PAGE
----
2.....like . . . empire: Allusion to Augustus Caesar (63 BC-AD 14), born Gaius
Octavius and adopted by Julius Caesar. He became one of three rulers of Rome in 43 BC and emperor of Rome in 27 BC, ruling until his death.
3.....issue: children; heirs.
4.....succession of the state: The person who would succeed as king.
5.....Shadwell: Thomas Shadwell. (See Background, above.)
6.....wit: Intelligence; creativity; writing ability.
7.....night: Lack of brilliance; stupidity.
8.....goodly fabric: Fat body.
9.....Heywood: John Heywood (1497-1575), English author of interludes, which
were humorous, witty, or moralistic dialogues recited on a stage before or after a play or during an intermission. Heywood was a pioneer in turning the abstractions of morality plays into real characters, as in The Mery Play betwene Johan Johan the Husbande, Tyb the Wyfe, and Syr Johan the Preest, printed in 1533.
10...Shirley: James Shirley (1596-1666), a minor English playwright.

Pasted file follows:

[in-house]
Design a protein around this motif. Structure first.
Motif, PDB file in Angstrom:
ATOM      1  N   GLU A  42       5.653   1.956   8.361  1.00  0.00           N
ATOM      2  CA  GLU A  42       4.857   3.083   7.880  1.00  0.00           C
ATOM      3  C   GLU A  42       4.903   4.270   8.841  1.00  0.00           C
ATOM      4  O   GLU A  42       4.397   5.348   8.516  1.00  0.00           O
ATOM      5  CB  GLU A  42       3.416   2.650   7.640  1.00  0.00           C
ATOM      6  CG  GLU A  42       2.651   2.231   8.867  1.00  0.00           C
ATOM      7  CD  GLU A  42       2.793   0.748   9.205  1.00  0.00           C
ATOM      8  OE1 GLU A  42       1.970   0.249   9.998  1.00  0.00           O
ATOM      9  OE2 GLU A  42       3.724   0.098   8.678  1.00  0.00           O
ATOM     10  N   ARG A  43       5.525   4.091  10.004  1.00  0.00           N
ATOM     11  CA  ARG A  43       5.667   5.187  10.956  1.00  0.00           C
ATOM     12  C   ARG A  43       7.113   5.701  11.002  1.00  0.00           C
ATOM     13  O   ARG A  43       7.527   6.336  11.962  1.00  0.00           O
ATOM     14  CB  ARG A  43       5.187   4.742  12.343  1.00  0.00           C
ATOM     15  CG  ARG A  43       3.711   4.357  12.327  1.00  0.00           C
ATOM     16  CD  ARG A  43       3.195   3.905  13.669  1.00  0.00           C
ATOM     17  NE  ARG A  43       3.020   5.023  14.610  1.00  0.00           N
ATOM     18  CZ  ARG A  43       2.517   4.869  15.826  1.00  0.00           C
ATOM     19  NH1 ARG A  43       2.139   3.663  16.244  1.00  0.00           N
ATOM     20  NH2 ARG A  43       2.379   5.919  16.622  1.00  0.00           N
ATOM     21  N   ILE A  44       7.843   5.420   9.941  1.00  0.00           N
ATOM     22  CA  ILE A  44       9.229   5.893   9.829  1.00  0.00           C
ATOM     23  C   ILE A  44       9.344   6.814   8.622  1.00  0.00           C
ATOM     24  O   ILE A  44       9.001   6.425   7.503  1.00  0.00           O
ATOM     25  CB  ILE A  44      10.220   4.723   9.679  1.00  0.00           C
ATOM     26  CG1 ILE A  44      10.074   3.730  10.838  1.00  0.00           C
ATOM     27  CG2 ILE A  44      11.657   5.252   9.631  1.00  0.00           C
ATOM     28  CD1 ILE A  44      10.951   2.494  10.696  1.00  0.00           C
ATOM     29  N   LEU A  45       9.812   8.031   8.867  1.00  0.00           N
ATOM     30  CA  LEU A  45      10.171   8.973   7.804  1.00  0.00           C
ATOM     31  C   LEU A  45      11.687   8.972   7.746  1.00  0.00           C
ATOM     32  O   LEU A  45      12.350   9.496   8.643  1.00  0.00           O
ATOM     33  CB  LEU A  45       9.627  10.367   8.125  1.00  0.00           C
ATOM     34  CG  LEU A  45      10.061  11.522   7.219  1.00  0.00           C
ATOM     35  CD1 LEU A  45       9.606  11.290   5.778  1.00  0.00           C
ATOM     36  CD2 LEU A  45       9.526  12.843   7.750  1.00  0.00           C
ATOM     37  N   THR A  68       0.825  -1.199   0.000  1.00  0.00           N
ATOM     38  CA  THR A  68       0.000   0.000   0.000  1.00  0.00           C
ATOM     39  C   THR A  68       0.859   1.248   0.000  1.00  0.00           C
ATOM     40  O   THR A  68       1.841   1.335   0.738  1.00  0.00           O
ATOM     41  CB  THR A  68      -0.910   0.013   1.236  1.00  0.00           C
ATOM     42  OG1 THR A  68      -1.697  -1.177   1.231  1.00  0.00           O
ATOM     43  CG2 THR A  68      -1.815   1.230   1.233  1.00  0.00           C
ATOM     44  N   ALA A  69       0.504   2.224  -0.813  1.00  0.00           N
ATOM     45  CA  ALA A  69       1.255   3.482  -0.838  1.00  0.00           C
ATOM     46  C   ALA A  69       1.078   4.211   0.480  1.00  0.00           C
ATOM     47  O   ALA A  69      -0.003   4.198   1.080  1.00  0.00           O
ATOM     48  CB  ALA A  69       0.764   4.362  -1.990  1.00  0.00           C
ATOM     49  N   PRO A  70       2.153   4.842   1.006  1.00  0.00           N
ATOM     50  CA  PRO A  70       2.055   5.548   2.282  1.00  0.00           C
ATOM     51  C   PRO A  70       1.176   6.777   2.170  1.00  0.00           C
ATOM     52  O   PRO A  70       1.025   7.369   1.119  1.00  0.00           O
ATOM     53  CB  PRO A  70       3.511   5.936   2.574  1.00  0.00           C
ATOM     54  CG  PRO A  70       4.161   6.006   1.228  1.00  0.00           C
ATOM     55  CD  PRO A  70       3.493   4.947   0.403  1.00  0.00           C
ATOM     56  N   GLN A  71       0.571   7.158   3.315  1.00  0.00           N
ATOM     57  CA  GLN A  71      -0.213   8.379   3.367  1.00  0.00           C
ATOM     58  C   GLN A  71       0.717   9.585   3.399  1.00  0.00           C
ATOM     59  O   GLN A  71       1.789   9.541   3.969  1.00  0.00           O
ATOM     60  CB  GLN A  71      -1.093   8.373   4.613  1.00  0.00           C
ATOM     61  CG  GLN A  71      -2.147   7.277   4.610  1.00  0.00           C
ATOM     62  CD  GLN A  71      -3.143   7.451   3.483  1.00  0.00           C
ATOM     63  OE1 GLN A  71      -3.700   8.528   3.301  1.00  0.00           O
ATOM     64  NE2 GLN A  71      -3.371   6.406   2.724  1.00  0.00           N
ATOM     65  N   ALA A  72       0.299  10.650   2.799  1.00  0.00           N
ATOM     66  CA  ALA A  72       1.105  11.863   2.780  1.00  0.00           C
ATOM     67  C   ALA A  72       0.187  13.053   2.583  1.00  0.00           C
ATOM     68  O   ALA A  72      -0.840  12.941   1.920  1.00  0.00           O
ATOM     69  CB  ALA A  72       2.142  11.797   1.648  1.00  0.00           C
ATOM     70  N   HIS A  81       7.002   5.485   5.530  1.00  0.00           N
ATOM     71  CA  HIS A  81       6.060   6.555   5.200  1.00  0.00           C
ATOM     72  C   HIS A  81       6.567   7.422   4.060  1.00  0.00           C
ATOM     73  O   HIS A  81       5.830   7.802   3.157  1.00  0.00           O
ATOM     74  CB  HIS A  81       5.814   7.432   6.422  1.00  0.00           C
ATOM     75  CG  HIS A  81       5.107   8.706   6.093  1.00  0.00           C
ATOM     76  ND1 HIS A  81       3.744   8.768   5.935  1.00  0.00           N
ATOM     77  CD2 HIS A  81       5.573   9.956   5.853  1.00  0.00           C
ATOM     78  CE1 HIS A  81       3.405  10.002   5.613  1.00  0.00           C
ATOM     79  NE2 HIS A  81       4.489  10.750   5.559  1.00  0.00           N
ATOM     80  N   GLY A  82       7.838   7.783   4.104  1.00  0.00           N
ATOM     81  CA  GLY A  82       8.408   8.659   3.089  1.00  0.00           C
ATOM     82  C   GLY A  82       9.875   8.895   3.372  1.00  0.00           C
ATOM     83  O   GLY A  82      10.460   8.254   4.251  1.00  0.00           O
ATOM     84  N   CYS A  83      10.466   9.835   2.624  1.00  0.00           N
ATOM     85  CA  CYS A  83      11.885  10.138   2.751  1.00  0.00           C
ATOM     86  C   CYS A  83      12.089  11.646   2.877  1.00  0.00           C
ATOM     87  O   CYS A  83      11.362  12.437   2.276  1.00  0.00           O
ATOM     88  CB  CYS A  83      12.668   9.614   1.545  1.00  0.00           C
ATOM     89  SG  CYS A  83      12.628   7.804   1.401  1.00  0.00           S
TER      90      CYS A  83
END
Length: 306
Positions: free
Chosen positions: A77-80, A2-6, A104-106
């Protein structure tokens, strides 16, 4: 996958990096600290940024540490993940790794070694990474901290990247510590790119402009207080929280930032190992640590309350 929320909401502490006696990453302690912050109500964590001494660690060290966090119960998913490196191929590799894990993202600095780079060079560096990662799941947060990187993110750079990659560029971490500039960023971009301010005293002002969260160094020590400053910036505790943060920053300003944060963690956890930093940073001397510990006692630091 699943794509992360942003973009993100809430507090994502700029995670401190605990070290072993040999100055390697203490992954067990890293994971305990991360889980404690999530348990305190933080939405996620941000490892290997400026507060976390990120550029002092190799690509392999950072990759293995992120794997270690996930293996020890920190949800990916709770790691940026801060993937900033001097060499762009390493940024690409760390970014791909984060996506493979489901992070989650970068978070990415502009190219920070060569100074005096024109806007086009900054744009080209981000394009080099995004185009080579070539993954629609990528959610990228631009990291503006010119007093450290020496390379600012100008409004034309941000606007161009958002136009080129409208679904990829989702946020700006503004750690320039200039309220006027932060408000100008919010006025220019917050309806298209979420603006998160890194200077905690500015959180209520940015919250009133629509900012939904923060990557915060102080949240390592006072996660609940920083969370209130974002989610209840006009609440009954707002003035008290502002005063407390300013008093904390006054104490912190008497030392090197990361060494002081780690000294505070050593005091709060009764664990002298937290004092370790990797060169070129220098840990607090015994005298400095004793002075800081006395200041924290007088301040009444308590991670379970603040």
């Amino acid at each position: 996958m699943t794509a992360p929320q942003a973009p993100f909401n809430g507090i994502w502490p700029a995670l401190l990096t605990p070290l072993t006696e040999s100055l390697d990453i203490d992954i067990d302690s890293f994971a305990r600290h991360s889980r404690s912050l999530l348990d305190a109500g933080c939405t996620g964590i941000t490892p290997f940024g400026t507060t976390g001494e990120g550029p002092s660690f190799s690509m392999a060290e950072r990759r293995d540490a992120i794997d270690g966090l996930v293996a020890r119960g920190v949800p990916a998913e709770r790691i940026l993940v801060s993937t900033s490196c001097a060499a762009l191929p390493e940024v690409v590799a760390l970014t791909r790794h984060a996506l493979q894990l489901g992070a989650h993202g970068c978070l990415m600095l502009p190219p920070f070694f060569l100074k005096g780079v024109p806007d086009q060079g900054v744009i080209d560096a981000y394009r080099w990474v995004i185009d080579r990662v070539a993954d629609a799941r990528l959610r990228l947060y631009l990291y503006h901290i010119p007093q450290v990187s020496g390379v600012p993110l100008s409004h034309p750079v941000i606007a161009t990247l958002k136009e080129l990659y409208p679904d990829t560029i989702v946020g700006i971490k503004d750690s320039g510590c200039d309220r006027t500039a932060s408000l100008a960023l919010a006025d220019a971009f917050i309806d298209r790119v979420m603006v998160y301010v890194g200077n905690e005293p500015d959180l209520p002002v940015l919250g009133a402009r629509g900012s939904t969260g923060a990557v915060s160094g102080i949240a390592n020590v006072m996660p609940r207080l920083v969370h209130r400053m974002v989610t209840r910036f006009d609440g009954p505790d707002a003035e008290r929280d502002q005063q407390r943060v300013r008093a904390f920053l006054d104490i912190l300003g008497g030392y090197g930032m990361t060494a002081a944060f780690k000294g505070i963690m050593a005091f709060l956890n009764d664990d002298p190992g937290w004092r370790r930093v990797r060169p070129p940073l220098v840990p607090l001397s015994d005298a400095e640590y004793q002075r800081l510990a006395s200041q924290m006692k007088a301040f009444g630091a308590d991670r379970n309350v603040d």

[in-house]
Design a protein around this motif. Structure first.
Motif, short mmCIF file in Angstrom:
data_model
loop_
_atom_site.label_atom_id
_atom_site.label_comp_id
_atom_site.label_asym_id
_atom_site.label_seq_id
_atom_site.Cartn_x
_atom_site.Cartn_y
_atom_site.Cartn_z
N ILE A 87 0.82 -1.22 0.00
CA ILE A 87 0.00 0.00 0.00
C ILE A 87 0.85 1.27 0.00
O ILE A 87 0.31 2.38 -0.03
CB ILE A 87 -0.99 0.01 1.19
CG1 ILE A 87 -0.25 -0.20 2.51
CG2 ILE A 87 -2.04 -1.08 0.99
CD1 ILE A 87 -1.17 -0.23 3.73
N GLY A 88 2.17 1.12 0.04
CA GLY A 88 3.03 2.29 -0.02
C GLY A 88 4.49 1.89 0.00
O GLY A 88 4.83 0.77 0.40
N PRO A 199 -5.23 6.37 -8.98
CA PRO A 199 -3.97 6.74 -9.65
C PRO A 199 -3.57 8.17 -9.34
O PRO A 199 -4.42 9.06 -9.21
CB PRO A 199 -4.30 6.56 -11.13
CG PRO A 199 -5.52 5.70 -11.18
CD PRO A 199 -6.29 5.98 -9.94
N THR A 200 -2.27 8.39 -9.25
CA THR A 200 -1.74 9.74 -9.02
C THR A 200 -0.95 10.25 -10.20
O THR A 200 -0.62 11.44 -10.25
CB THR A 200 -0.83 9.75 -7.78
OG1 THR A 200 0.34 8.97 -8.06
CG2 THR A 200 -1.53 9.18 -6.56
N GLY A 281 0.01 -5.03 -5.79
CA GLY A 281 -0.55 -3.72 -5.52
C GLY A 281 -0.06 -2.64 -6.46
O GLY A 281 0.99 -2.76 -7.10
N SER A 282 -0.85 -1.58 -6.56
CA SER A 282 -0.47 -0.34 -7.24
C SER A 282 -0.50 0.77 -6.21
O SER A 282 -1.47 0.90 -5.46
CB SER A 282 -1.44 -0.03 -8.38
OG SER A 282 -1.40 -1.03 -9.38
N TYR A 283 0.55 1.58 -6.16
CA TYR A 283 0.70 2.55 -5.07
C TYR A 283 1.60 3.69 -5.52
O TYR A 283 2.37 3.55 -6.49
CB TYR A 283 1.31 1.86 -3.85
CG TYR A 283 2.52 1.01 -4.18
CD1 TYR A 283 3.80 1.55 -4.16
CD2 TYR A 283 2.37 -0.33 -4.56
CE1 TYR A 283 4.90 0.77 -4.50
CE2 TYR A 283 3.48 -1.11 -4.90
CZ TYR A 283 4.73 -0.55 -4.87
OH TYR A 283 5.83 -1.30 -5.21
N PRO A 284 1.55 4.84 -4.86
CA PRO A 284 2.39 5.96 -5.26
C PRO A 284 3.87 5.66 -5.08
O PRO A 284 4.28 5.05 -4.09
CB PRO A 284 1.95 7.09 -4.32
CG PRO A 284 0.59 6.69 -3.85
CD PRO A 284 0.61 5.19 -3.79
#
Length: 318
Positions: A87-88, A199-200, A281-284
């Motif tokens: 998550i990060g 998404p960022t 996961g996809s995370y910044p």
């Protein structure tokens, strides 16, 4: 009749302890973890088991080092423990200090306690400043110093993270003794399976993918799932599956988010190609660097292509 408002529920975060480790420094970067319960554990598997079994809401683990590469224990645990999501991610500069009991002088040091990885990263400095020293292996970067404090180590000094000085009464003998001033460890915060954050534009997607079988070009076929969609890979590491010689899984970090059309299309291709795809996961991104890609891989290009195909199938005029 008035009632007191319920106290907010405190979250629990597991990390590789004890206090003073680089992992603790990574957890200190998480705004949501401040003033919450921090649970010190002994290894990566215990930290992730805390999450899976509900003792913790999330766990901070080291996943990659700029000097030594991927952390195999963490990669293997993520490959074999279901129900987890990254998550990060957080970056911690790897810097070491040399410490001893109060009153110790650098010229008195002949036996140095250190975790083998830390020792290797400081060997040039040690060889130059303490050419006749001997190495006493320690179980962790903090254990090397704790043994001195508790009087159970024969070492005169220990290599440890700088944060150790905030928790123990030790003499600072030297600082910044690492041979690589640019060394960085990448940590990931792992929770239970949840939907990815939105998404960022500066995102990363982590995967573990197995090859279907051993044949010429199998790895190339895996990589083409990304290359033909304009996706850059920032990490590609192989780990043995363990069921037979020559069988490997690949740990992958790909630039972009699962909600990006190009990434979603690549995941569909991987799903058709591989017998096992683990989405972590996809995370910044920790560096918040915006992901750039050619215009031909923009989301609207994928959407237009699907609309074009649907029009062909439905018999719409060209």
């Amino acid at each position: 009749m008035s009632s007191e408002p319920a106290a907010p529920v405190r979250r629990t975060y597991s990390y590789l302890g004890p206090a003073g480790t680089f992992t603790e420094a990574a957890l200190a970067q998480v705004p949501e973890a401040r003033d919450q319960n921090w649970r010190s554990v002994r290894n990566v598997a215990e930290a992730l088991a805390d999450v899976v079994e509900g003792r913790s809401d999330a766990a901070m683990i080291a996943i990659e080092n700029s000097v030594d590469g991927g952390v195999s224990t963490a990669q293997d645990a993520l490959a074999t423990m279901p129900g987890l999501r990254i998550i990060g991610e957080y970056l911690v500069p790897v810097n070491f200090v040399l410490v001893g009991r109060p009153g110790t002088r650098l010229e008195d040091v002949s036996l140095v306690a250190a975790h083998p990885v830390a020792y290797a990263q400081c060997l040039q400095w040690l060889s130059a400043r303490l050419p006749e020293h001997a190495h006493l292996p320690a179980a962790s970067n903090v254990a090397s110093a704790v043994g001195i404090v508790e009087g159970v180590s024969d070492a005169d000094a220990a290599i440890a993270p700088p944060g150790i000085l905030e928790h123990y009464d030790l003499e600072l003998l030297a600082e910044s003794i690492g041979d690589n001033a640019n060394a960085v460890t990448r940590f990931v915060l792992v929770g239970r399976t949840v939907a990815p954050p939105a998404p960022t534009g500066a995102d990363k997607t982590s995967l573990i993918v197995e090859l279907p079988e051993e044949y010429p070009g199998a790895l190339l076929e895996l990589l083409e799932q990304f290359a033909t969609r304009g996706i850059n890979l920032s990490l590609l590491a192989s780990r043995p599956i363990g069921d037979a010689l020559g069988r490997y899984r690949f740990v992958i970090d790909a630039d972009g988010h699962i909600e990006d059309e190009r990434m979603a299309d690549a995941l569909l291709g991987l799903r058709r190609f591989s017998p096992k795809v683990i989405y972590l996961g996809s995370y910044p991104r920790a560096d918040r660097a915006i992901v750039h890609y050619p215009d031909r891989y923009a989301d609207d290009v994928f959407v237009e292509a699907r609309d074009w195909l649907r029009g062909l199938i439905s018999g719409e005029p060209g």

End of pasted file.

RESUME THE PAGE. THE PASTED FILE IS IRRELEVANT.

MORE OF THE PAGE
11...tautology: Redundancy, needless
12...Norwich: Seat of Norfolk County in eastern England.
13...drugget: Woolen or partly woolen fabric
used to make clothing.
14...lute: Stringed instrument.
15...whilom: Formerly; at one time; at an earlier time.
16...in . . . toss'd: A phrase that appears in a 1676 Shadwell play entitled The Virtuoso.
17...Arion: Legendary poet and musician of ancient Greece. While on a sea voyage, he learned that sailors on the ship planned to rob and kill him. Resigned to his fate, he sang a song to the accompaniment of his lyre, then jumped overboard. But a dolphin enthralled with
his music saved him and carried him to Corinth, Greece.
18...Pissing-Alley: In Dryden's time, any of several London streets where people urinated.
19...toast: Food waste thrown into the river.
20...'threshing hand: Hand used to beat out the
rhythms of verse in the same way that one would beat (thresh) grain from husks.
21...St. André: French choreographer.